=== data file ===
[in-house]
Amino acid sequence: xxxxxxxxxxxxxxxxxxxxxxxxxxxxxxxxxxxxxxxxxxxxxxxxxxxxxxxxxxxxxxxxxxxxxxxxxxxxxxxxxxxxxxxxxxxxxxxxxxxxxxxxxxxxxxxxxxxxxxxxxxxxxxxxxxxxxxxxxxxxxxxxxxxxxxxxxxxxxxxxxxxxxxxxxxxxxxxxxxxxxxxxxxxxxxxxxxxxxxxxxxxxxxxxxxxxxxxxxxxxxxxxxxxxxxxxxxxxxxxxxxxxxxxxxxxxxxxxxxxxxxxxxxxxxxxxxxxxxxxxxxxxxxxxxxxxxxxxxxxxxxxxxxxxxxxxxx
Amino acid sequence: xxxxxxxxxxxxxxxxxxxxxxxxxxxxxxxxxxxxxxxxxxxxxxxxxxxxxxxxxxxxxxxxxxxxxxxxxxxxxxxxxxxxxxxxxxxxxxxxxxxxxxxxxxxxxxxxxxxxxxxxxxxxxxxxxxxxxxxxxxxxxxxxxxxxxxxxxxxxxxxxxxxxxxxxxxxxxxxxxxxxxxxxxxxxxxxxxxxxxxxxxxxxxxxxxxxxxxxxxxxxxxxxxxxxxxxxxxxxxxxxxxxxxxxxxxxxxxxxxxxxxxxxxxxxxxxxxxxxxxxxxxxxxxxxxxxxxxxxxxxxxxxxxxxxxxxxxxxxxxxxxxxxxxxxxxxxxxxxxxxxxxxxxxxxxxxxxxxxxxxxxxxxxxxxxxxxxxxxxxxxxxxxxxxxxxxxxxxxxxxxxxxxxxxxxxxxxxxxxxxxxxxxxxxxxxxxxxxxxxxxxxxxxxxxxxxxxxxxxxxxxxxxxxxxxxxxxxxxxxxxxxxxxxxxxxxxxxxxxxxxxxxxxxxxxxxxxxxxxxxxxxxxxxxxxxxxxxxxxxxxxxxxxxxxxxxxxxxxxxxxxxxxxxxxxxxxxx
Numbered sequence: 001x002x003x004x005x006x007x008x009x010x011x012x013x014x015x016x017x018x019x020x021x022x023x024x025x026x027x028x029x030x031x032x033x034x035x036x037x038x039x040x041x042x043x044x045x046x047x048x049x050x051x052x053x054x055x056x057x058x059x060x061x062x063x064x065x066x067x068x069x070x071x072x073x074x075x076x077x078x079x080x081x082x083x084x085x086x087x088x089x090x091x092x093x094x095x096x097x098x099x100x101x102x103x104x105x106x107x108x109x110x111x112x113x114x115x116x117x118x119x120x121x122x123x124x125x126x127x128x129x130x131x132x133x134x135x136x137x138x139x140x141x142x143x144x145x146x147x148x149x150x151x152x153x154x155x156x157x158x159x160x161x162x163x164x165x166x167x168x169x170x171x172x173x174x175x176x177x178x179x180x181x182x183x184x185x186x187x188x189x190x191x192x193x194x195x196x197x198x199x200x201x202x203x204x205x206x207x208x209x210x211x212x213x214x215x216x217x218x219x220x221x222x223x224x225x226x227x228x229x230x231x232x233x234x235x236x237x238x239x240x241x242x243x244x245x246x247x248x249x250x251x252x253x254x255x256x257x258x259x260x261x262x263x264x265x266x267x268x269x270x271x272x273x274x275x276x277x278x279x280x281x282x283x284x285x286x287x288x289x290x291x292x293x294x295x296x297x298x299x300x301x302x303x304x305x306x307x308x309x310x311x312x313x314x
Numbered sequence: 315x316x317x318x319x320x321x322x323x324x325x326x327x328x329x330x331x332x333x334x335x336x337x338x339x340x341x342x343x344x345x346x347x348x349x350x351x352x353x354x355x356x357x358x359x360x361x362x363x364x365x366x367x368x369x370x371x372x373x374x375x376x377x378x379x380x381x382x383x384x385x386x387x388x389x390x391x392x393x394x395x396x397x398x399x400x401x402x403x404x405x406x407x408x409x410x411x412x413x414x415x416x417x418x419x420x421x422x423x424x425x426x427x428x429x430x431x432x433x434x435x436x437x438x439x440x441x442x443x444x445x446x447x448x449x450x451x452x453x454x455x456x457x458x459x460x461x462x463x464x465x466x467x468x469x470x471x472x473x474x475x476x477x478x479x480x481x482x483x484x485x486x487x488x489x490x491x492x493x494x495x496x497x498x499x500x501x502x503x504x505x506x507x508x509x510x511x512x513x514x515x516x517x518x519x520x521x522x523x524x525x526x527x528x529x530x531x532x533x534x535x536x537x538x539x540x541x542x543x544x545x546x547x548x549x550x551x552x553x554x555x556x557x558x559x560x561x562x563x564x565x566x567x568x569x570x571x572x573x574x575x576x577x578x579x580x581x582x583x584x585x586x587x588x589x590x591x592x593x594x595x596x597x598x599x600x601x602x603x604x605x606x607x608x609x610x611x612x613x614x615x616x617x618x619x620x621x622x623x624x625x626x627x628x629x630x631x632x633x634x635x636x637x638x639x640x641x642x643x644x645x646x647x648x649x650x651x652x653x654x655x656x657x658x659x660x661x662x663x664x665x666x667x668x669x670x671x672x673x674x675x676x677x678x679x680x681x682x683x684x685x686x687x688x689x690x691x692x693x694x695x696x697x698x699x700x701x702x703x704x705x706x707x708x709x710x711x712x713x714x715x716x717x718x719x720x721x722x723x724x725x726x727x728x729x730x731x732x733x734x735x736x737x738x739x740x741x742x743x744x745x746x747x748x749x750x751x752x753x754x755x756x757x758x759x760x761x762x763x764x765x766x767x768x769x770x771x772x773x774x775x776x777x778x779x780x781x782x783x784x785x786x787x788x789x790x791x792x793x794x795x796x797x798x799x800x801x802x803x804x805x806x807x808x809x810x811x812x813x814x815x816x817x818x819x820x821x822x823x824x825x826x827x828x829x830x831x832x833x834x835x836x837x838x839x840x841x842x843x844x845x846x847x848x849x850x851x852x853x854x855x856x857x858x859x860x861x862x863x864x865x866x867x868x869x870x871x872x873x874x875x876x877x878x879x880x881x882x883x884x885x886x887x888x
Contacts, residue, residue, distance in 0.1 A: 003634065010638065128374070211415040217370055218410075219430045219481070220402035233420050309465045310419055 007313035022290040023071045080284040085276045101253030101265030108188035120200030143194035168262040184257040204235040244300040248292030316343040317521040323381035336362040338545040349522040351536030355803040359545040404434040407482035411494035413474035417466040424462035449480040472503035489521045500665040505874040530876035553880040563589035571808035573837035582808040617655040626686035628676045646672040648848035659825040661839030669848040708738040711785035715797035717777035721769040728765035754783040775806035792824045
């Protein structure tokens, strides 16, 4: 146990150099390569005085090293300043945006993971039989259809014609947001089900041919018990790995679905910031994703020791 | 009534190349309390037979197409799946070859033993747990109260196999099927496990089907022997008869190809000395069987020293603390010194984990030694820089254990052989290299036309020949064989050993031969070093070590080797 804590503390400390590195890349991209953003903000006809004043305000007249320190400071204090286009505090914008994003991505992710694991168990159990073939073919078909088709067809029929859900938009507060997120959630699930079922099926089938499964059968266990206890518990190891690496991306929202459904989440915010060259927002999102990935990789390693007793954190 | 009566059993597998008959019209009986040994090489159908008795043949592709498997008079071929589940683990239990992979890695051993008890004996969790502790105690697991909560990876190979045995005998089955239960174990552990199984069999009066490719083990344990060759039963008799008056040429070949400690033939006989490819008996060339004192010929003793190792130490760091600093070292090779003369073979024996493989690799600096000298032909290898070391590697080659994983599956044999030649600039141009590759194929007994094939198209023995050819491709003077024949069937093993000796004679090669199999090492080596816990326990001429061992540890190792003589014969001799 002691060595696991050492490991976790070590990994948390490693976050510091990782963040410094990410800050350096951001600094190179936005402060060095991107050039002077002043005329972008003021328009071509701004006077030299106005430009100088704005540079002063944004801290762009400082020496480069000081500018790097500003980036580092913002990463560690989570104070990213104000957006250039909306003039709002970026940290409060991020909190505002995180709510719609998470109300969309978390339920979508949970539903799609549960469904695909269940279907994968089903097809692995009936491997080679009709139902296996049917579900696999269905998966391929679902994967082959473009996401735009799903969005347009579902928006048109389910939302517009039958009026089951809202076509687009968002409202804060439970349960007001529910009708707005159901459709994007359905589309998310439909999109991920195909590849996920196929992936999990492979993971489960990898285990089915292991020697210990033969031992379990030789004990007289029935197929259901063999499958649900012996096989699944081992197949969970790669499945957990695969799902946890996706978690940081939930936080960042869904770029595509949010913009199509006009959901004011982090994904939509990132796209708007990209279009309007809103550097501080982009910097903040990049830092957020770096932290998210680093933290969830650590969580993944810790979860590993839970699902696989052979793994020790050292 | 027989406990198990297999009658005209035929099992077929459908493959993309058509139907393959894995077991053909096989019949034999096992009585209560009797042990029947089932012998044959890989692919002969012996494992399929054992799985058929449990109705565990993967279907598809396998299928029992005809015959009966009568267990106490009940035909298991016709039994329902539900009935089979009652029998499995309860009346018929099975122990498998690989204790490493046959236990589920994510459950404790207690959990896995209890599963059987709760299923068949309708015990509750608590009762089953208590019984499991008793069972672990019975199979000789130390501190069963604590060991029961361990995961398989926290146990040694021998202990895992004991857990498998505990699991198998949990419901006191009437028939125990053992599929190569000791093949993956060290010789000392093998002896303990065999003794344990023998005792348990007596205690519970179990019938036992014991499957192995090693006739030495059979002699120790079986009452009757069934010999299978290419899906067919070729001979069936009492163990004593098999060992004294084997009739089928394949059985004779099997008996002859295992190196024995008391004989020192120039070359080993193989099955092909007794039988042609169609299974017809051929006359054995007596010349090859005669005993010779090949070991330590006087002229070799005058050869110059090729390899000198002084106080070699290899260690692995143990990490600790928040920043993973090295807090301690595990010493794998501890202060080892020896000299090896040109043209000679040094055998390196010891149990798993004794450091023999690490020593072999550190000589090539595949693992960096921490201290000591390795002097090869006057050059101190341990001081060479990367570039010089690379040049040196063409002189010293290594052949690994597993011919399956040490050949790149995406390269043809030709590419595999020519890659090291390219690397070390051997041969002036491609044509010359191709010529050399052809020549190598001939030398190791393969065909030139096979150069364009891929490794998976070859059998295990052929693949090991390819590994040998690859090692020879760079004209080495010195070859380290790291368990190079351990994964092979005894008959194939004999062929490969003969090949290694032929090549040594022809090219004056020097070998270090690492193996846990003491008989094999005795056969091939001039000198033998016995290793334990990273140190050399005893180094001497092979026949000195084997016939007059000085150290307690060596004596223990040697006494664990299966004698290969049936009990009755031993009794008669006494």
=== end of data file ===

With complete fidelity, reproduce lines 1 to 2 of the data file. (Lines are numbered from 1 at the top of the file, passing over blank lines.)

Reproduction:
[in-house]
Amino acid sequence: xxxxxxxxxxxxxxxxxxxxxxxxxxxxxxxxxxxxxxxxxxxxxxxxxxxxxxxxxxxxxxxxxxxxxxxxxxxxxxxxxxxxxxxxxxxxxxxxxxxxxxxxxxxxxxxxxxxxxxxxxxxxxxxxxxxxxxxxxxxxxxxxxxxxxxxxxxxxxxxxxxxxxxxxxxxxxxxxxxxxxxxxxxxxxxxxxxxxxxxxxxxxxxxxxxxxxxxxxxxxxxxxxxxxxxxxxxxxxxxxxxxxxxxxxxxxxxxxxxxxxxxxxxxxxxxxxxxxxxxxxxxxxxxxxxxxxxxxxxxxxxxxxxxxxxxxxx